Insulin’s Inventor Sold the Patent for $1

Insulin’s Inventor Sold the Patent for $1. Then Drug Companies Got Hold of It

Never underestimate the greed of a pharmaceutical company.

by Caitlyn McClure

Frederick Banting wasn’t a dude who backed down. The Army refused him due to poor eyesight in 1914; in 1915, he tried again and got in. He got rejected from a Toronto hospital in 1919; he set up his own successful practice in 1920. So it’s not a surprise that Banting did what other scientists and doctors had struggled to do for decades: discovered and refined insulin therapy. His three-person team knew that this treatment was both urgently needed and incredibly tricky to get right; they wanted to make sure the public could access it, and that it was safe. So they made a move for the common good: saying that profit was not their goal, they sold the patent for insulin to the University of Toronto for just $1 each. The University then gave pharmaceutical companies the right to manufacture the drug royalty-free.

It made sense at the time; Banting and his team were worried that if they didn’t patent the drug at all, drug companies would rush to patent an inferior, possibly dangerous version and try to turn huge profits on it. The thinking seems to have been that if drug companies didn’t have to pay royalties, they would keep prices low.

The thinking was wrong. Less than thirty years later, drug manufacturer Eli Lilly and Company and two other companies were indicted for an insulin price-fixing scheme.

But that was only the beginning: in the late seventies, the process for synthetic insulin was perfected, making it far easier and less risky to produce. Since then, prices have been on a sharp uphill climb with no end in sight.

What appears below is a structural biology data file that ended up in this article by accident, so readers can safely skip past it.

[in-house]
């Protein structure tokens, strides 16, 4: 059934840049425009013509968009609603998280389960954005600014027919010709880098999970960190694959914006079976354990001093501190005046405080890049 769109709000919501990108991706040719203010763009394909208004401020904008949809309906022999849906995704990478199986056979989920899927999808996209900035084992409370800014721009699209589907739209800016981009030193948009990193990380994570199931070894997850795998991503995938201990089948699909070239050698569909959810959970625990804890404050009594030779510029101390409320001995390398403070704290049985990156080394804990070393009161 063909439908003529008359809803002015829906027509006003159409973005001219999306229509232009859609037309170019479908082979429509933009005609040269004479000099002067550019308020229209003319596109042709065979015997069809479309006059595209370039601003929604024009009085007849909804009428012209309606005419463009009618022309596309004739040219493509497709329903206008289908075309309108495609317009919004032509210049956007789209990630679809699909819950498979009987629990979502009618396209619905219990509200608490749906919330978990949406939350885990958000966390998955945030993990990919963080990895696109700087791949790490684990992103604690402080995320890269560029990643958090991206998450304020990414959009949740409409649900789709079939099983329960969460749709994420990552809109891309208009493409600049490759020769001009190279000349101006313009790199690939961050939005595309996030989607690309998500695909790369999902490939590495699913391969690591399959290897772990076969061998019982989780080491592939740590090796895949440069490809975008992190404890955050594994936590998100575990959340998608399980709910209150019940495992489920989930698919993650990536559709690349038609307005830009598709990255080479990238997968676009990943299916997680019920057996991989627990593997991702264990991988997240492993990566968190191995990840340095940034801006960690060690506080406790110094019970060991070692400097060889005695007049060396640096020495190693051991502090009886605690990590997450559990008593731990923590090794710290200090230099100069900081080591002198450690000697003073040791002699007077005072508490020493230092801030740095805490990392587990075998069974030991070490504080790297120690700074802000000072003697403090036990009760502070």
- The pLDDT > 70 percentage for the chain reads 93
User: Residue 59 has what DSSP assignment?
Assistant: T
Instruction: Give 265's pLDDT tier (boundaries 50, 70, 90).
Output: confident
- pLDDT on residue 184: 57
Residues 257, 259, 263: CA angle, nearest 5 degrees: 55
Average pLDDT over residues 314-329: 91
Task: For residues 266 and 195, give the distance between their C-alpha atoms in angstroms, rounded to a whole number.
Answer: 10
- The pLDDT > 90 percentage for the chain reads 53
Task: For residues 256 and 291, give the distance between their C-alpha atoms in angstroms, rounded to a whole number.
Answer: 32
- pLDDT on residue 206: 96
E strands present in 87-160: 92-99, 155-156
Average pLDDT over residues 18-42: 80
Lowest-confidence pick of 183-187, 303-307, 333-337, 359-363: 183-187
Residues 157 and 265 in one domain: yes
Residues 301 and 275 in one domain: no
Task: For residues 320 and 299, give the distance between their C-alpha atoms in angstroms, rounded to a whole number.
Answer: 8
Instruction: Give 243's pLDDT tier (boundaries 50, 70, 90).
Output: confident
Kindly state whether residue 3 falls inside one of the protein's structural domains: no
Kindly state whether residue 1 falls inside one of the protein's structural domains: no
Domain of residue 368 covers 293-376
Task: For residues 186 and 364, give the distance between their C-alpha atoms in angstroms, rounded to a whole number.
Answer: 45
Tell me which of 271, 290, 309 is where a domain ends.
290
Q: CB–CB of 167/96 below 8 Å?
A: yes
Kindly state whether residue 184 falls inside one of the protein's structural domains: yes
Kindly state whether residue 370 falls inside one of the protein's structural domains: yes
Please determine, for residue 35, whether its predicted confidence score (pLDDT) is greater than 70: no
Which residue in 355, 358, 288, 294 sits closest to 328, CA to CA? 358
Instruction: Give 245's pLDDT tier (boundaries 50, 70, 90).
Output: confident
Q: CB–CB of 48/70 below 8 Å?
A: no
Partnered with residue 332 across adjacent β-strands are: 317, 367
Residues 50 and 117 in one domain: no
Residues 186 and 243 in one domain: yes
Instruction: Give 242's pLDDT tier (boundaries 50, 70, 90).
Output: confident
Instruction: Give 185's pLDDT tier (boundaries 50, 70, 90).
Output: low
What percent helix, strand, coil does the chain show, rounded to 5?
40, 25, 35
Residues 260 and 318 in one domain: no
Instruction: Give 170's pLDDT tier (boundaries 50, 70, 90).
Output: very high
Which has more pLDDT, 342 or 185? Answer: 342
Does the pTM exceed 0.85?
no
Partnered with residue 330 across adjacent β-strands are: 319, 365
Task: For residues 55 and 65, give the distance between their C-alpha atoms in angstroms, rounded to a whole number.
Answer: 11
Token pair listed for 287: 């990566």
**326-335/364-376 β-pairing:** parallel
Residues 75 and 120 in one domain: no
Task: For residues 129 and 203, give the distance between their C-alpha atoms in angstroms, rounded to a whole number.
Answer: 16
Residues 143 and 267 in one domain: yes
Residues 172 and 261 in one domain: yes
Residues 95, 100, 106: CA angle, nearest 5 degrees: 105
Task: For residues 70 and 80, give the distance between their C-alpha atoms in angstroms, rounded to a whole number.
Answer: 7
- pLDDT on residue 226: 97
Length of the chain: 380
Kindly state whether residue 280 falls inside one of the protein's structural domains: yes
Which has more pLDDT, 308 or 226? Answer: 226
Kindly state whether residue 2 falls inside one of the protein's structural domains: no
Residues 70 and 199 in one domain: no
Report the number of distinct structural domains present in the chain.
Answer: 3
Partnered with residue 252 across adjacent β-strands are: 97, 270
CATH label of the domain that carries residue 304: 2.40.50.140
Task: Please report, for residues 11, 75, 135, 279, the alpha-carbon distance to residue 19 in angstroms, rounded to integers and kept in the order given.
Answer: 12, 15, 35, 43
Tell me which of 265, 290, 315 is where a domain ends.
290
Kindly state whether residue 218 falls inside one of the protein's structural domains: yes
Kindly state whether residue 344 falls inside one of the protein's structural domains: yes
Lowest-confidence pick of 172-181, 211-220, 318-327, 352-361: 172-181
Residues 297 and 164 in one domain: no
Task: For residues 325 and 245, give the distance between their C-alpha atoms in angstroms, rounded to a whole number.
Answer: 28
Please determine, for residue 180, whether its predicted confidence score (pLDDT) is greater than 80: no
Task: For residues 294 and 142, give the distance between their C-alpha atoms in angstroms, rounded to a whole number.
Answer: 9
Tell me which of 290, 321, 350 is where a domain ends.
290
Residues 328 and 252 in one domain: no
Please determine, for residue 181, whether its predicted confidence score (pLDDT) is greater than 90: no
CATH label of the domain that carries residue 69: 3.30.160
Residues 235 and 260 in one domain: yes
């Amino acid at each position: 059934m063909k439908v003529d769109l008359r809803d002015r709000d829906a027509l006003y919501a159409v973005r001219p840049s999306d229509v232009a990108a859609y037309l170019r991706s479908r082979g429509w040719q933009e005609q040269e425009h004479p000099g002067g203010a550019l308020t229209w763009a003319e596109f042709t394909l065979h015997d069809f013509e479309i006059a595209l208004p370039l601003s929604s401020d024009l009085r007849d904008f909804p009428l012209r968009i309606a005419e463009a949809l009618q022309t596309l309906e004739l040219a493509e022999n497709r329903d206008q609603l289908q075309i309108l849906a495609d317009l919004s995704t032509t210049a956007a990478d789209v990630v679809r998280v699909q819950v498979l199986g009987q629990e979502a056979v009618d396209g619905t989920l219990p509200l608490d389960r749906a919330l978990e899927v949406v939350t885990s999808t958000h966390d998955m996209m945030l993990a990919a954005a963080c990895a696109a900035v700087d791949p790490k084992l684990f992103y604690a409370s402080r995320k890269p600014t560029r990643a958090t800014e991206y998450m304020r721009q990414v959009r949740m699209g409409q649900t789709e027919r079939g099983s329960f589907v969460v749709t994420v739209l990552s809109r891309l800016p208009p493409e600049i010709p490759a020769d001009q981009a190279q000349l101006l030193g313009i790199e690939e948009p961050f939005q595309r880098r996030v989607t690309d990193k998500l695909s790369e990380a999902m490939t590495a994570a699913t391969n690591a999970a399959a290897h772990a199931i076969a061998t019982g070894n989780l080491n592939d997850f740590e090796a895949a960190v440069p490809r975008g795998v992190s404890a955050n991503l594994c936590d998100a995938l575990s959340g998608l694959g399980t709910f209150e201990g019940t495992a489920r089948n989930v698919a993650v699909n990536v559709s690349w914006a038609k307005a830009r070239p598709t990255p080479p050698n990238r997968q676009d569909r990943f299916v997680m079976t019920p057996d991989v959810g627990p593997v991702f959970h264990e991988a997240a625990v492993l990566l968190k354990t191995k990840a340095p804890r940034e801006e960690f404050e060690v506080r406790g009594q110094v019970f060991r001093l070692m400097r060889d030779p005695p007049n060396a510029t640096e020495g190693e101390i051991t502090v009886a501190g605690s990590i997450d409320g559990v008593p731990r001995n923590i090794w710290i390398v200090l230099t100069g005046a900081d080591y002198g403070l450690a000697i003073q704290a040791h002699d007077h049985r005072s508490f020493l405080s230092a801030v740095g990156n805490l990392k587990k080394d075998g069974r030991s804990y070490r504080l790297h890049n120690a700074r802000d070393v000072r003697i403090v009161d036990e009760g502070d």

Insulin is a billion-dollar industry with zero low-priced generic versions on the market. While most name-brand drugs have generic versions that cost less than half the price, insulin is different. Miriam Tucker at Medscape explains:

Insulin’s Canadian discoverers sold the patent to their university for $1, stating that profit was not their goal. Since then, a series of incremental technological advances have maintained the patents, while older formulations have been pulled from the market. [After] identifying the glucose-lowering substance later known as insulin at the University of Toronto in 1921, Dr Frederick Banting and medical student Charles Best waited 2 years before seeking a patent and then only with the intent of publishing the extraction method, writing: “When the details of the method of preparation are published, anyone would be free to prepare the extract, but no one could secure a profitable monopoly.”

The next several decades brought successive improvements: adding protamine prolonged insulin’s action, while zinc allowed it to be combined with short-acting insulin in a form patented in 1946 under the name “neutral protamine Hagedorn (NPH),” after its Danish founder. Lente, a slower version without protamine, came along in the mid-1950s.

These advances allowed for more dose-adjustment options and also extended the patents into the 1970s. Further innovations that improved purity pushed the patents ahead another decade.

Tucker goes on to quote an article in the New England Journal of Medicine by Jeremy A Greene, MD, PhD, and Kevin R Riggs, MD, MPH: “On the whole, it’s hard to say that contemporary patients who cannot afford their insulin (let alone the patent-protected glucometers and test strips required to adjust the dose) are well served by having as their only option an agent that is marginally more effective than those that could have been generically available 50 or 30 or 10 years ago, had generics manufacturers introduced cheaper versions when patents expired.”

Greene and Riggs again:

“The drugs that ultimately see extensive generic competition differ from those that attract few, if any, manufacturers. The history of insulin highlights the limits of generic competition as a public-health framework. Nearly a century after its discovery, there is still no inexpensive supply of insulin for people living with diabetes in North America, and Americans are paying a steep price for the continued rejuvenation of this oldest of modern medicines.”

Just goes to show: never underestimate what a drug company will do to make money off the backs of researchers who only wanted to help save lives.

Written by Caitlyn McClure

Caitlyn is Chief Editor and Director of Development for Other98.